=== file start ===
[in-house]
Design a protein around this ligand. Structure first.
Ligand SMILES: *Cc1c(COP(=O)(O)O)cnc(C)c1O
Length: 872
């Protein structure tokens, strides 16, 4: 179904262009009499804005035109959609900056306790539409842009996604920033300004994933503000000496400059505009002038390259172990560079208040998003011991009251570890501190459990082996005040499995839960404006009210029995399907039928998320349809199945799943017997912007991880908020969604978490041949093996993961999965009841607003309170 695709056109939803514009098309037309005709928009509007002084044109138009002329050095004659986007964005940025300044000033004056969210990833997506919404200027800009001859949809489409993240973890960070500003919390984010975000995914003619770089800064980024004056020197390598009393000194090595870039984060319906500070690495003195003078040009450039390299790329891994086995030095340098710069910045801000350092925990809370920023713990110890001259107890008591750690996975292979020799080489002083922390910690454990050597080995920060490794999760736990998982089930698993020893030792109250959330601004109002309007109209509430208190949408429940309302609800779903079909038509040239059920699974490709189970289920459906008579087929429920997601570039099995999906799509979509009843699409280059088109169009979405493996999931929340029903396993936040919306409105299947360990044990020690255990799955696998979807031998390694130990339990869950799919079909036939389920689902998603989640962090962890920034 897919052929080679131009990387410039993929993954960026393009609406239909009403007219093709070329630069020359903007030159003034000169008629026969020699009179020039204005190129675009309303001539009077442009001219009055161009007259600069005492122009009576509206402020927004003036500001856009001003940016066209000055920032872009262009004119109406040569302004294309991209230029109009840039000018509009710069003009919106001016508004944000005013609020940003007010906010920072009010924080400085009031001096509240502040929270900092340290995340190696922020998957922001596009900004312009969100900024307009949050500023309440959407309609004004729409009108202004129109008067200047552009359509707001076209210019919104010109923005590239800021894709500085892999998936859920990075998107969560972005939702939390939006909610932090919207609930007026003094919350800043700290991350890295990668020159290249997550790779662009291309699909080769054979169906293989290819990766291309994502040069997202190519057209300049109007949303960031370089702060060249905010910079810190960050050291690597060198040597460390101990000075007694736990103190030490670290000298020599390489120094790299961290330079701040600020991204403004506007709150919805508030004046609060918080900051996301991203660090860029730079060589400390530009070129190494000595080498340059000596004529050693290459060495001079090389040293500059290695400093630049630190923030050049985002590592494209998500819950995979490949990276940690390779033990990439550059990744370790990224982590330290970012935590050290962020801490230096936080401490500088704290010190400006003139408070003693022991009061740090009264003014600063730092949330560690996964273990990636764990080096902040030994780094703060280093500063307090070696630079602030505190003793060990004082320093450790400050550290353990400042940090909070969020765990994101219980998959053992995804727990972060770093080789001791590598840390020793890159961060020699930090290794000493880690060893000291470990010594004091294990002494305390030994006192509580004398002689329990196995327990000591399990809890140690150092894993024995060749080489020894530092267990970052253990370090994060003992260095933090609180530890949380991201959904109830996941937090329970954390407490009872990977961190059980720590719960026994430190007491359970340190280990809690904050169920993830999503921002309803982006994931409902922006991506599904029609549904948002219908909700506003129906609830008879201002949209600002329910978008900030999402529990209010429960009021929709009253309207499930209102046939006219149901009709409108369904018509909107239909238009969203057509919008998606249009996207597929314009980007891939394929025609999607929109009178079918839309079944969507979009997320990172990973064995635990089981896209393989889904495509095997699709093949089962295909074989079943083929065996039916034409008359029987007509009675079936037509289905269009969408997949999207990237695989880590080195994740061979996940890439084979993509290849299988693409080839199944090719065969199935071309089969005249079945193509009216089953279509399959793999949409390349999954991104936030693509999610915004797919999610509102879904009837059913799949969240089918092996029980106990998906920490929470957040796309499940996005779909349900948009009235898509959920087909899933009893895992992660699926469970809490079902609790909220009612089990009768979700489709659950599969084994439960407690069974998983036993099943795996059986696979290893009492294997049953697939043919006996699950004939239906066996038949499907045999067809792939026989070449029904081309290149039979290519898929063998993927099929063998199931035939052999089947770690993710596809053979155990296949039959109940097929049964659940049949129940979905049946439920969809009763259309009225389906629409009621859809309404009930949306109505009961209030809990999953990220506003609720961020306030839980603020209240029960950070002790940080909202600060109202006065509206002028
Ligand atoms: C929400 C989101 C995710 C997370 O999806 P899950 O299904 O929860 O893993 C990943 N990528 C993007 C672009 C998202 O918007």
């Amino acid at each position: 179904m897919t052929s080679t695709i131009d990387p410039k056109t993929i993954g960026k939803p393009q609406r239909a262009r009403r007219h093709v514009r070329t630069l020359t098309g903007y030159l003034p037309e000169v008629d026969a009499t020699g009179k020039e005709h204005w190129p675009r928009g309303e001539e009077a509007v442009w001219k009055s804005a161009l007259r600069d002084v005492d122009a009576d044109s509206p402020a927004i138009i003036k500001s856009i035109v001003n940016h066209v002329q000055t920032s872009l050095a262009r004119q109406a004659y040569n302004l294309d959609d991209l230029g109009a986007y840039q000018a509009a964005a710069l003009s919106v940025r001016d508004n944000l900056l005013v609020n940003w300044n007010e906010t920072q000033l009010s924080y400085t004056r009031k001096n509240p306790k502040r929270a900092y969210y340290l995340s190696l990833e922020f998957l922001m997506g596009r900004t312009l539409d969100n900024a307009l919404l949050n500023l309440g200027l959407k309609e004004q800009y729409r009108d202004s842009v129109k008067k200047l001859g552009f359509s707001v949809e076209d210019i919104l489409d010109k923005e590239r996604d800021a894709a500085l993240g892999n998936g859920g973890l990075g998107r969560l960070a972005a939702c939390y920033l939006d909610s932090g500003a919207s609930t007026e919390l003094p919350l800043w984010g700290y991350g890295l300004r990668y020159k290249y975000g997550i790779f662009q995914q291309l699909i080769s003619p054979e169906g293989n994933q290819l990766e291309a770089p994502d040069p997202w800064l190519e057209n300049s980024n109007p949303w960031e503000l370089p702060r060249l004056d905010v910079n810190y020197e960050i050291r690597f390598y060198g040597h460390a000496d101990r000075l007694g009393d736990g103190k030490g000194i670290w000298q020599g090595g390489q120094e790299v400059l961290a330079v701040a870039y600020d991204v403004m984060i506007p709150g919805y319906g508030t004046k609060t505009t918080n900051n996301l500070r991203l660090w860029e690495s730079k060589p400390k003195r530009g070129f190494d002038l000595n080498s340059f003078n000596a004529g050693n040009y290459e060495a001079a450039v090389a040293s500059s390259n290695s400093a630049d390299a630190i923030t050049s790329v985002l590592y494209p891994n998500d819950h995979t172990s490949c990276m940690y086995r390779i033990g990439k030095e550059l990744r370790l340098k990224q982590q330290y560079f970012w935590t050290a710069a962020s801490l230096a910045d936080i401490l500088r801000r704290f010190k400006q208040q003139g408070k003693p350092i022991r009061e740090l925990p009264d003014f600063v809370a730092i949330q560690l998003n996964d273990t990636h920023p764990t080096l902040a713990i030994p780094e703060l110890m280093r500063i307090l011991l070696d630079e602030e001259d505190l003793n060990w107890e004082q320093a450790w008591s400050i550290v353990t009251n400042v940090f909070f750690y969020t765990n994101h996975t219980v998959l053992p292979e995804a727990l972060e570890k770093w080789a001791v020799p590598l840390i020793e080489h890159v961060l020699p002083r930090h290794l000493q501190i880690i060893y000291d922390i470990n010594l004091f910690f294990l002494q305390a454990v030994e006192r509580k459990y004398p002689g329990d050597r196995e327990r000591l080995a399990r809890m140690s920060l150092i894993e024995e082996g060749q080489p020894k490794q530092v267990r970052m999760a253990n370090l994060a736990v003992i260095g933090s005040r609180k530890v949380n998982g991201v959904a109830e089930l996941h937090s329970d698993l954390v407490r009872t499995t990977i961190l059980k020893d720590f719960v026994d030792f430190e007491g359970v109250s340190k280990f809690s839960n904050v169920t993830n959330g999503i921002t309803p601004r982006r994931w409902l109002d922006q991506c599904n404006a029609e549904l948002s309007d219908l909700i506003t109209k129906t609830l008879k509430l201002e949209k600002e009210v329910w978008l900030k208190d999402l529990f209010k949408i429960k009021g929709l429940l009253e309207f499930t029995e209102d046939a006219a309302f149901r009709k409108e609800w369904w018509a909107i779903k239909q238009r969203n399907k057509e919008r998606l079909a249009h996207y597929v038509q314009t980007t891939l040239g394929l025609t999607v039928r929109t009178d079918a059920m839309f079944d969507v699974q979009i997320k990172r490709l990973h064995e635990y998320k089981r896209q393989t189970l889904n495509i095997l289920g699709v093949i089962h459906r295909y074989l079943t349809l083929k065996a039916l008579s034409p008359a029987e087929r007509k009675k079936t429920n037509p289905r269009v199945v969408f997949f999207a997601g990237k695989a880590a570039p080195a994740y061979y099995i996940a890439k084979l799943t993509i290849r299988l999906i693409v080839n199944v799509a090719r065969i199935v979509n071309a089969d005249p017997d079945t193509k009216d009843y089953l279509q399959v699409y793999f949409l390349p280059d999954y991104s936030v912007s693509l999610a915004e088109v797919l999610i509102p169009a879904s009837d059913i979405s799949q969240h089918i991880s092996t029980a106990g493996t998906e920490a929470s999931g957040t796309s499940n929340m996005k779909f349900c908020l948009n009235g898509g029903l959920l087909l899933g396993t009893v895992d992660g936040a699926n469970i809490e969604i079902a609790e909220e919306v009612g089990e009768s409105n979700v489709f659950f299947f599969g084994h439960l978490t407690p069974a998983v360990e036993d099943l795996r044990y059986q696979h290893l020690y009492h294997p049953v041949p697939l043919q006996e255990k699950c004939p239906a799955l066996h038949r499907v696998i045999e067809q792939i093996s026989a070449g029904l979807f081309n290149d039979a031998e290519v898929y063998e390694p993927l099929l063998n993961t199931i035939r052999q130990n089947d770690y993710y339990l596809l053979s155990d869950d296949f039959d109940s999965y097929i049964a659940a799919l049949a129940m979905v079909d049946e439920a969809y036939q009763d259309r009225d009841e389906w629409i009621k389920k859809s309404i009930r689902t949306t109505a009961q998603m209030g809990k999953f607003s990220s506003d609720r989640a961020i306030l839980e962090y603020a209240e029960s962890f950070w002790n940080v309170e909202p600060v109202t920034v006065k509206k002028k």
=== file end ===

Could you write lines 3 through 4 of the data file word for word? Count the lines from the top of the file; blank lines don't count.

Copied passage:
Ligand SMILES: *Cc1c(COP(=O)(O)O)cnc(C)c1O
Length: 872